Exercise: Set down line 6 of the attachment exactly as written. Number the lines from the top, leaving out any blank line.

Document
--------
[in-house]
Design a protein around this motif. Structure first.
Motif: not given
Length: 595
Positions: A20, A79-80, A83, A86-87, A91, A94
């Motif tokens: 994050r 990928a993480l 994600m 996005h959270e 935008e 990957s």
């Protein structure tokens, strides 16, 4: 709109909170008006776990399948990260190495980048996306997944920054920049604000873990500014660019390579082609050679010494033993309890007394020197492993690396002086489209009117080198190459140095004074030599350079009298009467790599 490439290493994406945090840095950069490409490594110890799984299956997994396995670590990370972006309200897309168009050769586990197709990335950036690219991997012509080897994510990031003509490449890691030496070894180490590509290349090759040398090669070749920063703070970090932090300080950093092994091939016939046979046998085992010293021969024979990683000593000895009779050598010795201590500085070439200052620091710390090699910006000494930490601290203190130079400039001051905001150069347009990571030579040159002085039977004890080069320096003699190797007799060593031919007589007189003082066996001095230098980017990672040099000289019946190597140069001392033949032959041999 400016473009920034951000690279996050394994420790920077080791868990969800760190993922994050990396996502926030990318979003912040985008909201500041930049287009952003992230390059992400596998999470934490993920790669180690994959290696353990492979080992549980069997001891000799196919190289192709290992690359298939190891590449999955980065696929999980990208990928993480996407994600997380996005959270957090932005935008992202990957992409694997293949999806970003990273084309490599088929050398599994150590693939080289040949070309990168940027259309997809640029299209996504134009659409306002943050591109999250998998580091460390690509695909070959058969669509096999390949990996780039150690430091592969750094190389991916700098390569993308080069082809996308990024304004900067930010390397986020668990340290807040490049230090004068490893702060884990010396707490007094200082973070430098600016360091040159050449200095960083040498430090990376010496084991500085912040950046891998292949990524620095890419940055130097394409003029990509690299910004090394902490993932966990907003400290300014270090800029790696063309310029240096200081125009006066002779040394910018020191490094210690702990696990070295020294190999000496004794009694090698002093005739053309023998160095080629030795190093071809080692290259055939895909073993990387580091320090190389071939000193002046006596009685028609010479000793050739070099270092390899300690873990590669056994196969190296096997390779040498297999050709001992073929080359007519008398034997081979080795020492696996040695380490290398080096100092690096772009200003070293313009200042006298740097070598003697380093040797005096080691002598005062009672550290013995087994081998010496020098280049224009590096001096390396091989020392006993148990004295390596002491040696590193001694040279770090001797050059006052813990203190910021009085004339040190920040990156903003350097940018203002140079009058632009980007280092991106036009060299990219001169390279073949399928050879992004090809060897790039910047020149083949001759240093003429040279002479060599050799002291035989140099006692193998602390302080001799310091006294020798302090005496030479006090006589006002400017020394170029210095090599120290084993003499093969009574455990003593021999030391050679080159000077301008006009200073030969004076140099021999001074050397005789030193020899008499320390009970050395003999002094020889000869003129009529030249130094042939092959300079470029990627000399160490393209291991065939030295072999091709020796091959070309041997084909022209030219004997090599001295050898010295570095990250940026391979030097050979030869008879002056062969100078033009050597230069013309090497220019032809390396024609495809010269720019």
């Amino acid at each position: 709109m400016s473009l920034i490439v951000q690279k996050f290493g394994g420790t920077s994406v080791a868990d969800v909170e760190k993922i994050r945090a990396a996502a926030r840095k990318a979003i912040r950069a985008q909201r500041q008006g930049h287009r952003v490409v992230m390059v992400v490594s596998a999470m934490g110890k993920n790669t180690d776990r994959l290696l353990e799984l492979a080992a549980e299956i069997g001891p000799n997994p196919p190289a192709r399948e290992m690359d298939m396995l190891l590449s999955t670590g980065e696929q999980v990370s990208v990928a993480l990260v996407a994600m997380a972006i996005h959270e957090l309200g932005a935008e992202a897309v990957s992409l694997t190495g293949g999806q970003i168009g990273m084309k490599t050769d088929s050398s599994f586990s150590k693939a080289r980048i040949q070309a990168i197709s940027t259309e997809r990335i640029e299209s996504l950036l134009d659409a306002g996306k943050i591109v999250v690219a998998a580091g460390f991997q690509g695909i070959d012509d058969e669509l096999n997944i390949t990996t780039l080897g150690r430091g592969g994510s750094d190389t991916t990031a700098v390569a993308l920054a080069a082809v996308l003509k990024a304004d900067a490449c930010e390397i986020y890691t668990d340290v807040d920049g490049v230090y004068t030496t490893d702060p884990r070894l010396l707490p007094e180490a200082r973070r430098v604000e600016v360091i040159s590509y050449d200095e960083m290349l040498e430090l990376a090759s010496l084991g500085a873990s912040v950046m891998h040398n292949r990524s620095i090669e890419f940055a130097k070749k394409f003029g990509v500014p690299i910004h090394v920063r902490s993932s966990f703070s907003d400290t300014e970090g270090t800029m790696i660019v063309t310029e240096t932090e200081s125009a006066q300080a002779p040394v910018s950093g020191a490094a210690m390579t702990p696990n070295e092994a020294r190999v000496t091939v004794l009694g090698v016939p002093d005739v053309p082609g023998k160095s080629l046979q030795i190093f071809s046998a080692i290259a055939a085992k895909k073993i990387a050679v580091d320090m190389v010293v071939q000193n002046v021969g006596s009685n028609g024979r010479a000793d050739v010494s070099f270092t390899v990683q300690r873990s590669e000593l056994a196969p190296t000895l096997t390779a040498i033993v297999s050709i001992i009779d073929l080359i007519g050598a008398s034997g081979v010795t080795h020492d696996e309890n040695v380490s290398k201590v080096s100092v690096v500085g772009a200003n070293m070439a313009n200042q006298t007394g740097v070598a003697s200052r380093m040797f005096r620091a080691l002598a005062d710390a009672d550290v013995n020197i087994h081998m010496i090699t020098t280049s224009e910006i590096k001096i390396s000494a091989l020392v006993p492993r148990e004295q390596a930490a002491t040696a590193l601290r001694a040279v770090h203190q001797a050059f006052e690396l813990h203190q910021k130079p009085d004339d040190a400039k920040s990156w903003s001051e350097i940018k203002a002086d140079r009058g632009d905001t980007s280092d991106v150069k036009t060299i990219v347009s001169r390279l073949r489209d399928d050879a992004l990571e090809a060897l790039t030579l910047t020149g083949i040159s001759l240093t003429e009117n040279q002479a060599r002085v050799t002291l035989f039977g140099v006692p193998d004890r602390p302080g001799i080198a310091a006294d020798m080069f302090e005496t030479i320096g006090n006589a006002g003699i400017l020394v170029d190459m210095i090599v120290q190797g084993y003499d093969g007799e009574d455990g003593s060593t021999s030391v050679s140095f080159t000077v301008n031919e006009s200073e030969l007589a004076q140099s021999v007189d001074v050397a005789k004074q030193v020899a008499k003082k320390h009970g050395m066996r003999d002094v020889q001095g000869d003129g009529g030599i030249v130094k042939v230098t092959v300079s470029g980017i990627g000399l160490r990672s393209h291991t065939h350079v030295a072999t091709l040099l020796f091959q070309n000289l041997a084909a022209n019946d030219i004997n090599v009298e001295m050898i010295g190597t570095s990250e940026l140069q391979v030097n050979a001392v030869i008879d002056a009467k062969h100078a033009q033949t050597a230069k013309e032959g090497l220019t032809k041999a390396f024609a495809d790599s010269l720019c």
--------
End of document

């Motif tokens: 994050r 990928a993480l 994600m 996005h959270e 935008e 990957s």